DD Board seeks renewal of 1-mill operating levy

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(Posted Oct. 19, 2022)

By Kristy Zurbrick, Madison Editor

The Madison County Board of Developmental Disabilities (MCBDD) is seeking renewal of a 1-mill, five-year property tax levy for operation and maintenance of programs for people with disabilities.

The levy generates approximately $924,000 per year and represents about one-third of MCBDD’s local tax revenue. The cost to the taxpayer is $20.21 per year per $100,000 property valuation. If the levy is renewed, the cost will remain the same.

“Our system is unique compared to a lot of other (social service) systems. We serve individuals from the day they are born to the day they pass away. We serve them their entire lives,” said Susan Thompson, MCBDD superintendent.

Those services include:

Service Coordination–Staff members help individuals and their teams to develop a plan that allows the individuals to live according to their needs and wishes. MCBDD staffers serve as the main point of contact and coordination between the person receiving services and the entities providing services and supports.

Early Intervention: Staff works with parents of infants and toddlers with disabilities to enhance children’s learning through a collaborative, home- and community-based system.

Preschool: Fairhaven School serves nearly 200 students ages 3 to 5 years old.

Transition: MCBDD collaborates with local school districts and the Educational Service Center to help individuals with disabilities who are ages 14-22 with the transition out of school. Services include career exploration, job training, and more.

“You really need skills to be successful with that transition,” Thompson said. “Our staff does a fantastic job working with that age group.”

Community Employment: MCBDD helps individuals with disabilities to find meaningful, fulfilling employment that meets their needs and desires.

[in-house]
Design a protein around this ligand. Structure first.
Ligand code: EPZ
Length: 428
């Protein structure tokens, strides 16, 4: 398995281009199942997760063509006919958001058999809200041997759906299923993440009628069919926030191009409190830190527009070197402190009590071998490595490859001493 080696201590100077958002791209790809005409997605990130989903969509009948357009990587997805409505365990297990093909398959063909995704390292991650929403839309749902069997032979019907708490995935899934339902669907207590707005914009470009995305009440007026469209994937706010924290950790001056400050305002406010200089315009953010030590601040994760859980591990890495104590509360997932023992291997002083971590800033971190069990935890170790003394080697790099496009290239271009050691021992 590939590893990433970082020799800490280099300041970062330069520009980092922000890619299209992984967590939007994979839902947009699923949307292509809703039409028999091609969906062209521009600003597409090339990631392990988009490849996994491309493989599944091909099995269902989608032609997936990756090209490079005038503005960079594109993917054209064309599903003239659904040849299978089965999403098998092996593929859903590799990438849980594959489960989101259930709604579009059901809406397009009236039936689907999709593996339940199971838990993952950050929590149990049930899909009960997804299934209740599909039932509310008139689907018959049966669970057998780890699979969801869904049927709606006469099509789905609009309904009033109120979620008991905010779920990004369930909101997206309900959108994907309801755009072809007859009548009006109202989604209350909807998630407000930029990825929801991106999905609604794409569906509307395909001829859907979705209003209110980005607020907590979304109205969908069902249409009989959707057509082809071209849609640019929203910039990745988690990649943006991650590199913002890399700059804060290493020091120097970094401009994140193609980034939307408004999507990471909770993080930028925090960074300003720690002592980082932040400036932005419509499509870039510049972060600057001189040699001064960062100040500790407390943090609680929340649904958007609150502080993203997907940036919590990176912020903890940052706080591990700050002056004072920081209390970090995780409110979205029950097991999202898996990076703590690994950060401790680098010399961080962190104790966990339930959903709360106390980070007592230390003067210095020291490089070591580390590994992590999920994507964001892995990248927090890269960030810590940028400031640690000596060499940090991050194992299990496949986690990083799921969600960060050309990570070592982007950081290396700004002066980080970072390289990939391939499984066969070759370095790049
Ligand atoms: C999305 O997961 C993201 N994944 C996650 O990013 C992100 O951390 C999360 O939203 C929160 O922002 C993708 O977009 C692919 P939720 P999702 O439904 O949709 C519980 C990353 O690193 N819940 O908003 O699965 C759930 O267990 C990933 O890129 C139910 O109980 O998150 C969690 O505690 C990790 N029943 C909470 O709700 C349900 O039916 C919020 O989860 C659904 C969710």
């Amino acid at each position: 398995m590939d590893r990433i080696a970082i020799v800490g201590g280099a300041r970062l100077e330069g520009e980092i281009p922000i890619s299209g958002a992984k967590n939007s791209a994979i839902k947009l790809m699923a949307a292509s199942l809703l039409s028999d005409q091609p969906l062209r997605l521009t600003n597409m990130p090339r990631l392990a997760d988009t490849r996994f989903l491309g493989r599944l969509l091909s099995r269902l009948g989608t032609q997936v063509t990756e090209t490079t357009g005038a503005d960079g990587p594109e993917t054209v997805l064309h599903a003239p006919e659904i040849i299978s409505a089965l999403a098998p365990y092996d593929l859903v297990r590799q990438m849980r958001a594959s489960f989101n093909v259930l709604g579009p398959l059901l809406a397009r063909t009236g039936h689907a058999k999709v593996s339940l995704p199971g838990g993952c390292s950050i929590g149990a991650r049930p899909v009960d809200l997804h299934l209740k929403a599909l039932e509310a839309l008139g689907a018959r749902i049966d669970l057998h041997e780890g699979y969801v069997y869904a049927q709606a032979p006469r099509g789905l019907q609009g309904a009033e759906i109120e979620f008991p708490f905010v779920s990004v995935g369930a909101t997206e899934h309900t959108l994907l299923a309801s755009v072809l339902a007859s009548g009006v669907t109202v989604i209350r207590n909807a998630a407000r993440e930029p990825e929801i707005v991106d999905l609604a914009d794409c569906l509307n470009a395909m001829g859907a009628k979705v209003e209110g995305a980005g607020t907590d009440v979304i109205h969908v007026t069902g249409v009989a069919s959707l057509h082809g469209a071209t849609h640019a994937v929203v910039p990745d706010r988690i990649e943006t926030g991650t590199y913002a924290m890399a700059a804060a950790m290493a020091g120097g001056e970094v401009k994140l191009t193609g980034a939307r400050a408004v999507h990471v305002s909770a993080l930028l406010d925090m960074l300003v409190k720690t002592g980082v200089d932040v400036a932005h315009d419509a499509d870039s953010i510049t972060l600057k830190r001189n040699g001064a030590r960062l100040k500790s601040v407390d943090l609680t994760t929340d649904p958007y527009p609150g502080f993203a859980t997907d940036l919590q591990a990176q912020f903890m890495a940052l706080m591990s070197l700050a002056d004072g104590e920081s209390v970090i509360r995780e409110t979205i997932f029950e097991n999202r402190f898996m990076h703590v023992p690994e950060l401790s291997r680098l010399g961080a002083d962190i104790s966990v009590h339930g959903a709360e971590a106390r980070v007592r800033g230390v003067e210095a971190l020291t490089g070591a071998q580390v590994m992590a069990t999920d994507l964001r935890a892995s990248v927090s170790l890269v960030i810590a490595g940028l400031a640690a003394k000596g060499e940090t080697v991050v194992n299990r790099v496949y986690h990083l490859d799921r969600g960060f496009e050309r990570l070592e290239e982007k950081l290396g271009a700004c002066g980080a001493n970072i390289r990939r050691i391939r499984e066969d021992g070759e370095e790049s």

“So many of our folks are working, paying taxes, and giving back to our community,” Thompson said. “It is such a valuable thing to the individuals we serve, to be out in the community and standing side by side with you and I as we do our jobs.”

Health Service Coordination: Staff members help individuals with information about medication, medical providers, and possible interventions for existing conditions, as well as health education and training for individuals, parents and staff.

Advocacy: MCBDD sponsors the Tiger Advocacy Group, a group of adults with a wide range of abilities who meet monthly to empower and support one another.

“They are doing amazing things,” Thompson said of the group.

Transportation: This service is open to individuals with disabilities, local agencies, and all Madison County residents. MCBDD’s vehicles transport passengers to and from many different locations depending on their needs. Most of the vehicles are wheelchair accessible. Drivers are First Aid and CPR certified.

Special Olympics/Recreation: The Madison County Tigers participate in a variety of sports. Recreation services also include activities like day and weekend trips, movies, crafts, festivals and museums.

Residential Support: Staff works directly with individuals to make sure they have what they need to live in the community in a way that promotes their health and welfare.

Adult Day Programming: Services include help with daily living skills and activities, personal care, vocational support, and community-based employment support.

Non-Medical Transportation: This service provides transportation to day services, employment services, or places of employment.

Thompson said MCBDD has enjoyed ongoing support from the community for this wide range of services.

“We truly appreciate every voter in Madison County. We could not do what we do and take care of the people we serve if the community wasn’t so supportive of us,” she said.
Thompson praised the MCBDD staff for doing good work.

“My firm belief is that we pass a levy every day by the quality of services we provide. If you take care of people and provide good service, the taxpayers will support you,” she said.

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